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Old 03-14-2012, 05:07 AM   #1
pbrand
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Default help: adjusted p-values in edgeR

Hi everybody,

I am relatively new to RNA-Seq and DE statistics. We have chosen to use edgeR for DE analysis and I understood most functions so far or I could answer them via searching the literature. But now I have a problem in understanding the adjustment for multiple testing.

My questions:
1. Do I have to adjust? Are the not-adjusted p-values useless (In case I have some significant differences in DE when not-adjusted but none after adjustment)?

2. Which adjustment method is the best and why?

Thanks in advance,
philipp
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Old 03-14-2012, 05:41 AM   #2
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You should use the adjusted p-values. This controls for false positives that you get when making multiple comparisons.

EdgeR uses as its default the Benjamini-Hochberg procedure. This is also the default for other programs like DESeq. Other methods are more conservative. I would just stick with Benjamini-Hochberg.

Last edited by chadn737; 03-14-2012 at 05:46 AM.
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Old 03-14-2012, 05:47 AM   #3
pbrand
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Quote:
Originally Posted by chadn737 View Post
You should use the adjusted p-values.
So I can consider them as 'truly' differentially expressed?

Can I say that I do not have DE, if all not-adjusted p-values which are significant show no significance anymore after adjustment?

Last edited by pbrand; 03-14-2012 at 05:53 AM.
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Old 03-14-2012, 05:50 AM   #4
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Quote:
Originally Posted by pbrand View Post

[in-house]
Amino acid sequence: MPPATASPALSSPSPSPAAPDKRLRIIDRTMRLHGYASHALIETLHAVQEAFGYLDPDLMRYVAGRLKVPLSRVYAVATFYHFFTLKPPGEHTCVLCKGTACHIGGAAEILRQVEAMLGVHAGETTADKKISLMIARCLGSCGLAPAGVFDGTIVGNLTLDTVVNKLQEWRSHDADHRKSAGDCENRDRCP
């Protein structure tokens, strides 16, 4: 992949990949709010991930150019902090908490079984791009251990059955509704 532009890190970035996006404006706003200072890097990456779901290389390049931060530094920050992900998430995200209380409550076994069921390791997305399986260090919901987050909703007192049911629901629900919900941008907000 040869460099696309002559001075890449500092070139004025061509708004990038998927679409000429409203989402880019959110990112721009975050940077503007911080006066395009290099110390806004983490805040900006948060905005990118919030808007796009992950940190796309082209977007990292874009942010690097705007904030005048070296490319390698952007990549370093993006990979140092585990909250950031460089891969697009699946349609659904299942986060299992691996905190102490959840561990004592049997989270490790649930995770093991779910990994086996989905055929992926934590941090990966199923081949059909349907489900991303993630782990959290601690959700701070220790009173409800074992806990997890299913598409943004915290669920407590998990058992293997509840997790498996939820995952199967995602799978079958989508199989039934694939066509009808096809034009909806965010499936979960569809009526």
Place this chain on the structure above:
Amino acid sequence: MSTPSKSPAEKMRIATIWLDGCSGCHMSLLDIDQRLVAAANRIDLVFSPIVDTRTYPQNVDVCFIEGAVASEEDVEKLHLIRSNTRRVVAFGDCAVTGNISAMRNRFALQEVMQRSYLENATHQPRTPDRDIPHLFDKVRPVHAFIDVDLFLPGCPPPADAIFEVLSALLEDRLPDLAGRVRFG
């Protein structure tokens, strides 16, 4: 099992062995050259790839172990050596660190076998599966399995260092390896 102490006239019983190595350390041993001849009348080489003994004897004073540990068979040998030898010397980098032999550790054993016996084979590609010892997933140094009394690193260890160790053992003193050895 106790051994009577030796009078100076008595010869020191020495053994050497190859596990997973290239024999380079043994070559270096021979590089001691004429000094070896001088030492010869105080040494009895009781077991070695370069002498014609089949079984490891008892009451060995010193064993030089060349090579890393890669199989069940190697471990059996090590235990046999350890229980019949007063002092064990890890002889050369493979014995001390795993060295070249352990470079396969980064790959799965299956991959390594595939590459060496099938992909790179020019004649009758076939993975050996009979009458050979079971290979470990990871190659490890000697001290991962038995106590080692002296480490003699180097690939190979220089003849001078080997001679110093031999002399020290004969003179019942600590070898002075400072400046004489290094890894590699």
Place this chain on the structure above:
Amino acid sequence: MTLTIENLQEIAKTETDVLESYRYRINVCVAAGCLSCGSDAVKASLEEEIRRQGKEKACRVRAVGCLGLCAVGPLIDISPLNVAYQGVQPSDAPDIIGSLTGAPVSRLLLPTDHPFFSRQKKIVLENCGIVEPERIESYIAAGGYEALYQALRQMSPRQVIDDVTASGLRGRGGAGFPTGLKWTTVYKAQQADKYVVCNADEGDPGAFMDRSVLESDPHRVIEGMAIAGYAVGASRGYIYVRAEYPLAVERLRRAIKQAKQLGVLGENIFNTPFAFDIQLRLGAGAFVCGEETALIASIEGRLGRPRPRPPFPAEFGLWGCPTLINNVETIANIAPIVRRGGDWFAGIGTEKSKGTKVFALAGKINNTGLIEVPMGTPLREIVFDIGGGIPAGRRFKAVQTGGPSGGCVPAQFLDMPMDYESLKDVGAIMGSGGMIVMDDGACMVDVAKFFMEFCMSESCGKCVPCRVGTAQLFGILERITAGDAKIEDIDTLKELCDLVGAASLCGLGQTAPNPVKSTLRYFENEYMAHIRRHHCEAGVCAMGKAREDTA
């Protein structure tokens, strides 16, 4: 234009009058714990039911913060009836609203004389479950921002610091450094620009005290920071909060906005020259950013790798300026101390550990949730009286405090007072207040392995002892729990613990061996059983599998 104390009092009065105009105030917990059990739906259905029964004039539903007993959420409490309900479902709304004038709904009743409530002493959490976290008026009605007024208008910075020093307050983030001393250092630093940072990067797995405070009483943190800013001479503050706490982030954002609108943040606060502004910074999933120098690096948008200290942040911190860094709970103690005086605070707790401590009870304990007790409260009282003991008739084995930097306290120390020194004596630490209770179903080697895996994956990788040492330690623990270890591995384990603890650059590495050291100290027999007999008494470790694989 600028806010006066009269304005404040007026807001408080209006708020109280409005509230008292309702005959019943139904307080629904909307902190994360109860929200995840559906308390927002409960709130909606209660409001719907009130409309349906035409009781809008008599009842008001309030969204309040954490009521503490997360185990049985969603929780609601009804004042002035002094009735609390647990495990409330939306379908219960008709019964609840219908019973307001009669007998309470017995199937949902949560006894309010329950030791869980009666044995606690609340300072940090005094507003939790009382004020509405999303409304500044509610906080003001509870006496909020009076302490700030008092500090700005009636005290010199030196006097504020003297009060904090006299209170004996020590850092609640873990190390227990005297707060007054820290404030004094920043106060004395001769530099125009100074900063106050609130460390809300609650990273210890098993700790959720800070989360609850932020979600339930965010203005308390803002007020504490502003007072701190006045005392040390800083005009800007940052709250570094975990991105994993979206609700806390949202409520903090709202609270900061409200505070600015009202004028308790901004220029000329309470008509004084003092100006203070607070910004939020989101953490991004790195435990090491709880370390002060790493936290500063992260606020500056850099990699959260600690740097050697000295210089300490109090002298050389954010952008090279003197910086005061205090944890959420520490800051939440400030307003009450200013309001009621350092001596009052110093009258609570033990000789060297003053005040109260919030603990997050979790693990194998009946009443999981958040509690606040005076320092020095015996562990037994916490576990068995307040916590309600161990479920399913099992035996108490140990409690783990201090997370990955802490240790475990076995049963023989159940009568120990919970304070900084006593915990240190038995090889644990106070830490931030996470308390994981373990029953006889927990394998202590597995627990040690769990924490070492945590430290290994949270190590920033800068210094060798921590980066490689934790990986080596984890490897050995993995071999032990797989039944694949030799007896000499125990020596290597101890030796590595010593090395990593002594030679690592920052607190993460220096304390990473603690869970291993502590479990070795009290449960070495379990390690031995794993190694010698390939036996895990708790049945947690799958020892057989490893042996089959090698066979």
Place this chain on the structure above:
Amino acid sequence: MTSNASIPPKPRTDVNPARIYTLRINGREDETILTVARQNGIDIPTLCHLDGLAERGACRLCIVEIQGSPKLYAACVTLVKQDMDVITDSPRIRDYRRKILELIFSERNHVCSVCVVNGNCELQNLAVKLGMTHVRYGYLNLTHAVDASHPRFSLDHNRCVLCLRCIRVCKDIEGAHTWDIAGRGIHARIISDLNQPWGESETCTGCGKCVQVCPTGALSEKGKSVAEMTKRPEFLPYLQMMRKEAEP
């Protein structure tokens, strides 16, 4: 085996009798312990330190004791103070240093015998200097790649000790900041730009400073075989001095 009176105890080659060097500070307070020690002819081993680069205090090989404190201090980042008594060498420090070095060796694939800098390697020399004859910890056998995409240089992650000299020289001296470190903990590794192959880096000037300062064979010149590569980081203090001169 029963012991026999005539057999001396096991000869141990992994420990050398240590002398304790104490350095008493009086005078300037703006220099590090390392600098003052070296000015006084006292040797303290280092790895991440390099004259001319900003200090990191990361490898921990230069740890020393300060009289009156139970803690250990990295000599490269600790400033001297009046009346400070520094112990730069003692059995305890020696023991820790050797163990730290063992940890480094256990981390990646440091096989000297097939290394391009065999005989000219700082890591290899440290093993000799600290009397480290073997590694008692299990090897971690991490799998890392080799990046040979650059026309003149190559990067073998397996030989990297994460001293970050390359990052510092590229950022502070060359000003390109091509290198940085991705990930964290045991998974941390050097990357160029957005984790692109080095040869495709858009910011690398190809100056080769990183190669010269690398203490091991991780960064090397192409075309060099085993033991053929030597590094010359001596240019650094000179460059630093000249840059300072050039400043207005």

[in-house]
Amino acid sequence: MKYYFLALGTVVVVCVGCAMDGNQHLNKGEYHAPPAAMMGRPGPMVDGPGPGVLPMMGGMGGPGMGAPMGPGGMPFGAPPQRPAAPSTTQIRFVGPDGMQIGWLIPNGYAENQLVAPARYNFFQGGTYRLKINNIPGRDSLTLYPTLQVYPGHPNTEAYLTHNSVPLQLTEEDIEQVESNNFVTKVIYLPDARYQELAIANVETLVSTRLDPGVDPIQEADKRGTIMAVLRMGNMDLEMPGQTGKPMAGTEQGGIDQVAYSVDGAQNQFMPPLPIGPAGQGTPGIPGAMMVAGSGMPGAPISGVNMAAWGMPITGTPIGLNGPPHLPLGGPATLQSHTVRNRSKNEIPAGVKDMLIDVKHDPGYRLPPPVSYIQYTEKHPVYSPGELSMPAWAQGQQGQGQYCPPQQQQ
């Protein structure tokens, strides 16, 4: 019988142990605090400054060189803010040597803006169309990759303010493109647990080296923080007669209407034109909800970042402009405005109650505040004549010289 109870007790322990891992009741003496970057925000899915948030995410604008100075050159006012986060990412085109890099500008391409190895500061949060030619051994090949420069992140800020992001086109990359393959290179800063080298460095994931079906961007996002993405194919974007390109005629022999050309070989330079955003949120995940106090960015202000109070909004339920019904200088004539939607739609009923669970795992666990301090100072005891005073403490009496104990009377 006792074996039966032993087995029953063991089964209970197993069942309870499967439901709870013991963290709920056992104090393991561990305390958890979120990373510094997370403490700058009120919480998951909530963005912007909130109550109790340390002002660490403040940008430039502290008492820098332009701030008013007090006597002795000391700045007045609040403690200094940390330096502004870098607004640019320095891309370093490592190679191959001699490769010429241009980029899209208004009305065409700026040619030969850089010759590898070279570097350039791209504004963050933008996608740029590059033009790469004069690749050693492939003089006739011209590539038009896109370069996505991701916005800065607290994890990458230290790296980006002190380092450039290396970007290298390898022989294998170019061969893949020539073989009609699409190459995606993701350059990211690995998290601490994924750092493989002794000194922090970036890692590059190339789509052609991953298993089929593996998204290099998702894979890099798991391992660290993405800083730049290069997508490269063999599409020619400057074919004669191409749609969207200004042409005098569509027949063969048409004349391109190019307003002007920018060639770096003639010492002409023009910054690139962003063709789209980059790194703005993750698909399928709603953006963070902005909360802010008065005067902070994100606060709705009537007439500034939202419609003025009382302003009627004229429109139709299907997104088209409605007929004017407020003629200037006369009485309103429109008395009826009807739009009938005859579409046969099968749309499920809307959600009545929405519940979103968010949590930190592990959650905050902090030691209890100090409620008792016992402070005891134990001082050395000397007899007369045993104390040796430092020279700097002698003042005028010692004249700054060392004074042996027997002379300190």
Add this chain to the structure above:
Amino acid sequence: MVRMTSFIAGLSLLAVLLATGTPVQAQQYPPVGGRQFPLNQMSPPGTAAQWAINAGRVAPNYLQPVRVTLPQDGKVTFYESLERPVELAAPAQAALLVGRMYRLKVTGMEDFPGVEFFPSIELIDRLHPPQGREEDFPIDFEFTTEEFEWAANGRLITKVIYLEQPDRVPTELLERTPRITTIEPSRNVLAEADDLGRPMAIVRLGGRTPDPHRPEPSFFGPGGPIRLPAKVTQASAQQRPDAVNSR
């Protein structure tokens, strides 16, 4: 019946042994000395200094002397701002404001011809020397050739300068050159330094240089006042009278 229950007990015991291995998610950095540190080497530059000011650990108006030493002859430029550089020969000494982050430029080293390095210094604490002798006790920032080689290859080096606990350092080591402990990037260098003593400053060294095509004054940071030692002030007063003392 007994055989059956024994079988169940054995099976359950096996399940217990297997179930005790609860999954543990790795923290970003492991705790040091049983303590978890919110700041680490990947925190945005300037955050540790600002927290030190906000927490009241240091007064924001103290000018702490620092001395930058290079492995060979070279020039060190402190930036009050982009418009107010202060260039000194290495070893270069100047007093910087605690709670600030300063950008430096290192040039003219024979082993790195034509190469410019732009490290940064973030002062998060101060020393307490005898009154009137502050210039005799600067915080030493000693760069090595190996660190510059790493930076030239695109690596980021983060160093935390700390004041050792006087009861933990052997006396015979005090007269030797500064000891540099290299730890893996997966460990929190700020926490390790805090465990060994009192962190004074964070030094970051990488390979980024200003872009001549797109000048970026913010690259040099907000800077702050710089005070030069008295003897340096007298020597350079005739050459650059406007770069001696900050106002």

So I can consider them as 'truly' different expressed?

Can I say that I do not have DE, if all not-adjusted p-values which are significant show no significance anymore after adjustment?
First I should ask how many replicates you have.
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Old 03-14-2012, 05:54 AM   #5
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because of our low budget, I have just two samples with pooled RNA of 40 specimen each.
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Old 03-14-2012, 05:57 AM   #6
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And you are trying to find DE between these two samples? I don't think there is much you can say about differential expression without replicates.
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Old 03-14-2012, 06:13 AM   #7
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Quote:
Originally Posted by chadn737 View Post
And you are trying to find DE between these two samples? I don't think there is much you can say about differential expression without replicates.
Unfortunately, yes. But what we can do is trying to find out possible candidate DE - genes for realtime PCR. Therefore I wanted to follow the suggested way to estimate DE via estimated dispersion.

Hope that some money occurs if the results look promising to get replicates..
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Old 03-14-2012, 06:25 AM   #8
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Quote:
Originally Posted by pbrand View Post
Unfortunately, yes. But what we can do is trying to find out possible candidate DE - genes for realtime PCR. Therefore I wanted to follow the suggested way to estimate DE via estimated dispersion.

Hope that some money occurs if the results look promising to get replicates..
If you are using the data as an initial screen to get candidates that you will verify by qRT-PCR, then its fine to use the unadjusted p-values.

The qRT-PCR will either confirm these results or not. But for publication of the RNA-seq, you really do need replicates and adjusted p-values.
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Old 03-14-2012, 06:28 AM   #9
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Thanks a lot for your answers!
Philipp
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Old 08-06-2014, 10:54 PM   #10
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Hello chadn737

I also have similar problems.
I do not have a replicate. but I have several patients having same disease.

For example, in my case, I have 10 patients having same disease.
We treated the drug and did RNA-seq for before-drug/after-drug.

What we want to do is to find the differentially expressed genes reponsing to the drug. Instead of replications, we have 10 patients samples.. for pre/post.

I used edgeR and DESeq for this.. but I could not find the any DEG with adjusted p value .. So I am thinking to look at the p value instead of adjusted pvalue by considering the fact that we can have FP... of course...

Would it be okay?
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Old 08-06-2014, 11:19 PM   #11